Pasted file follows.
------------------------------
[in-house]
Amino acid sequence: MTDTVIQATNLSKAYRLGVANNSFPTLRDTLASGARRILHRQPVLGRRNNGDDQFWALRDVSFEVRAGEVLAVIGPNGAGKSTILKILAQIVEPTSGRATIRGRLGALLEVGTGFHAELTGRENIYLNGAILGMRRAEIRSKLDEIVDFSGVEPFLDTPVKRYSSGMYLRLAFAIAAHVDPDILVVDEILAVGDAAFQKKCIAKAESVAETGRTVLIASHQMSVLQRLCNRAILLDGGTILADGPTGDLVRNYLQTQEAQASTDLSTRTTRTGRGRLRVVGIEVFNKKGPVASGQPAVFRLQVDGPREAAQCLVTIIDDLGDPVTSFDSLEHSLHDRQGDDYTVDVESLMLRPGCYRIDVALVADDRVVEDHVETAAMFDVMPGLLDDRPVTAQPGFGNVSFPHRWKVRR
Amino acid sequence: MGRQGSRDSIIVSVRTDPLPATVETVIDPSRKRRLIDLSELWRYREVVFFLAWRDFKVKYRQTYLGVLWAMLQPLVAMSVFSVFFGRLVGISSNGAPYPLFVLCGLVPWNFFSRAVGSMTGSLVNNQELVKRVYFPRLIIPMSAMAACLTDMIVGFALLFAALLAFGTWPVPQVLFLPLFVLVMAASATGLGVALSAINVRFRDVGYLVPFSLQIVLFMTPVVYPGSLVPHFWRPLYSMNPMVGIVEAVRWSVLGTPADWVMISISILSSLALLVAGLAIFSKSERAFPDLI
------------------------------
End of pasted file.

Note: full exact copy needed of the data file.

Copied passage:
[in-house]
Amino acid sequence: MTDTVIQATNLSKAYRLGVANNSFPTLRDTLASGARRILHRQPVLGRRNNGDDQFWALRDVSFEVRAGEVLAVIGPNGAGKSTILKILAQIVEPTSGRATIRGRLGALLEVGTGFHAELTGRENIYLNGAILGMRRAEIRSKLDEIVDFSGVEPFLDTPVKRYSSGMYLRLAFAIAAHVDPDILVVDEILAVGDAAFQKKCIAKAESVAETGRTVLIASHQMSVLQRLCNRAILLDGGTILADGPTGDLVRNYLQTQEAQASTDLSTRTTRTGRGRLRVVGIEVFNKKGPVASGQPAVFRLQVDGPREAAQCLVTIIDDLGDPVTSFDSLEHSLHDRQGDDYTVDVESLMLRPGCYRIDVALVADDRVVEDHVETAAMFDVMPGLLDDRPVTAQPGFGNVSFPHRWKVRR
Amino acid sequence: MGRQGSRDSIIVSVRTDPLPATVETVIDPSRKRRLIDLSELWRYREVVFFLAWRDFKVKYRQTYLGVLWAMLQPLVAMSVFSVFFGRLVGISSNGAPYPLFVLCGLVPWNFFSRAVGSMTGSLVNNQELVKRVYFPRLIIPMSAMAACLTDMIVGFALLFAALLAFGTWPVPQVLFLPLFVLVMAASATGLGVALSAINVRFRDVGYLVPFSLQIVLFMTPVVYPGSLVPHFWRPLYSMNPMVGIVEAVRWSVLGTPADWVMISISILSSLALLVAGLAIFSKSERAFPDLI